|The small picturesque town of Inousses, or Egnousa, with its 500 inhabitants, has been distinctively declared a municipality and is built on the southern side of the island. Its inhabitants, who are mostly fishermen or occupy themselves in the production of the famous local wine, are people with free spirits, gentle manners and cheerful characters. The snow white houses of the village are made of stone, like its mansions, which are majestic and typical examples of traditional architecture.
Most of the public buildings and the works of embellishment of the town carry the stamp of their donors. In front of the harbour stands the bronze statue of the mermaid that the locals call "Metaira Inoussiotissa" (Mother of Inoussa) and is believed to protect the ships approaching the harbour.
In Inoussa, with its great marine tradition, there is a remarkable Marine Museum, which houses the precious miniature collection of Antonis Laimos, with ship models from the Napoleon Wars, as well as works by the popular painter, Aristeides Glykas, pictures, lithographies portraying ships from the beginning of the century, books and local costumes.
In the centre of the town, there is the church of Agios Nikolaos, who is the patron saint of the island, while in the quiet small tavernas all kinds of seafood delicacies are served, as well as the famous "boureklikia", made of dough stuffed with various vegetables. A 10 minute distance from the village lies the notable Monastery of Evangelismos (Annunciation).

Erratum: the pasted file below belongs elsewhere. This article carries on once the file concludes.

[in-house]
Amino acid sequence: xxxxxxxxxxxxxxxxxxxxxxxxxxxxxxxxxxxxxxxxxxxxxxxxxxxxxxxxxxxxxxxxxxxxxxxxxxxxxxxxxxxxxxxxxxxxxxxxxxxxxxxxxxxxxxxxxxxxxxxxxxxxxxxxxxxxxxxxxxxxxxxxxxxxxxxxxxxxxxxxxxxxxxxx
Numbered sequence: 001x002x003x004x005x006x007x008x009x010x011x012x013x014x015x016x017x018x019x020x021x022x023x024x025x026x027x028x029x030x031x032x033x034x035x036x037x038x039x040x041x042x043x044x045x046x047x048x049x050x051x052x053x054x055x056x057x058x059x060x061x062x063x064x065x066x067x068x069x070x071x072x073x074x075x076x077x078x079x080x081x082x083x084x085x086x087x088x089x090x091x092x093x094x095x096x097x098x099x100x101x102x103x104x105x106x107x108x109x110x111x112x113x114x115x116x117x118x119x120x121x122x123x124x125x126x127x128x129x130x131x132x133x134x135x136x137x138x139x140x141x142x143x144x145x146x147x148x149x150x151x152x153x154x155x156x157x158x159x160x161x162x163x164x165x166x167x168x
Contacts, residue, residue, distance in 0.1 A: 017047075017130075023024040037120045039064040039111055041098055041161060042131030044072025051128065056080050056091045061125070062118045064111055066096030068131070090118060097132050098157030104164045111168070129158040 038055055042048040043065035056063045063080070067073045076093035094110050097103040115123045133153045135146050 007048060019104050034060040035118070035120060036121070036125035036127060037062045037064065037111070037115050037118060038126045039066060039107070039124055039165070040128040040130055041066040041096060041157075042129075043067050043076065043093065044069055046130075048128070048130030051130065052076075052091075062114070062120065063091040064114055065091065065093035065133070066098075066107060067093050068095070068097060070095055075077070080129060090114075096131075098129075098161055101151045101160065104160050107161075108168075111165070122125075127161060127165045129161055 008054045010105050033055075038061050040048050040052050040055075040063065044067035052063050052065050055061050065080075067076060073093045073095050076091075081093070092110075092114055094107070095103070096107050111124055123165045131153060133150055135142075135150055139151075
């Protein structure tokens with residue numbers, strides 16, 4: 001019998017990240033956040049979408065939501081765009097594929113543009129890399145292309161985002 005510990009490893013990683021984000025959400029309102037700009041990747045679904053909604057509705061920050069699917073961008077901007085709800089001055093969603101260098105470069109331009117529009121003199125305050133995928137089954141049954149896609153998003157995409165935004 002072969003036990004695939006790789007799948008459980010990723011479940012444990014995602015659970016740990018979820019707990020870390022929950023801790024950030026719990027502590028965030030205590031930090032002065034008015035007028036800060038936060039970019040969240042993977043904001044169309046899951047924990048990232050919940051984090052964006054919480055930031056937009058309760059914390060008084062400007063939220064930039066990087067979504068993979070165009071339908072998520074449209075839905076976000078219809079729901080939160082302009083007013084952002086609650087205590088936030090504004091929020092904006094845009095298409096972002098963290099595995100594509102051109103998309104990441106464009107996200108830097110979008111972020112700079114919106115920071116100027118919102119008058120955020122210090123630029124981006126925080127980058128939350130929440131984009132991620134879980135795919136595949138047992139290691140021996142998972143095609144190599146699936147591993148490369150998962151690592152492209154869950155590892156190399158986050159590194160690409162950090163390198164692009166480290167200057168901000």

The five islands, two miles off the northeast coast of Chios are known by the name of the largest island, Inoussa. In antiquity the island was famous for its wine (Oinos) and it is believed that this is also the origin of the name "Inousses". During the Greek revolution of 1821, the inhabitants fled from the islands; they came back after 1827. When they returned to the island, the people had to withstand the many difficulties caused by the Turkish occupation.
Because of the heavy taxes, most of the men became seafarers. Many of these managed to become ship-owners, and today some of the richest and most famous ship owners worldwide come from this small island. Oinousses has also one of Greece's major maritime schools.
There is a small hotel, a few rooms to let, cafes, taverns, and many pleasant beaches. There a boat with frequent service from the city of Chios to Oinousses and during the summer many travel agencies organize various excursions to the islands.
These excursions often include visiting some small coastal villages (such as Langada with its famous taverns), making the trips an excellent combination of sea, sun, and greek food.
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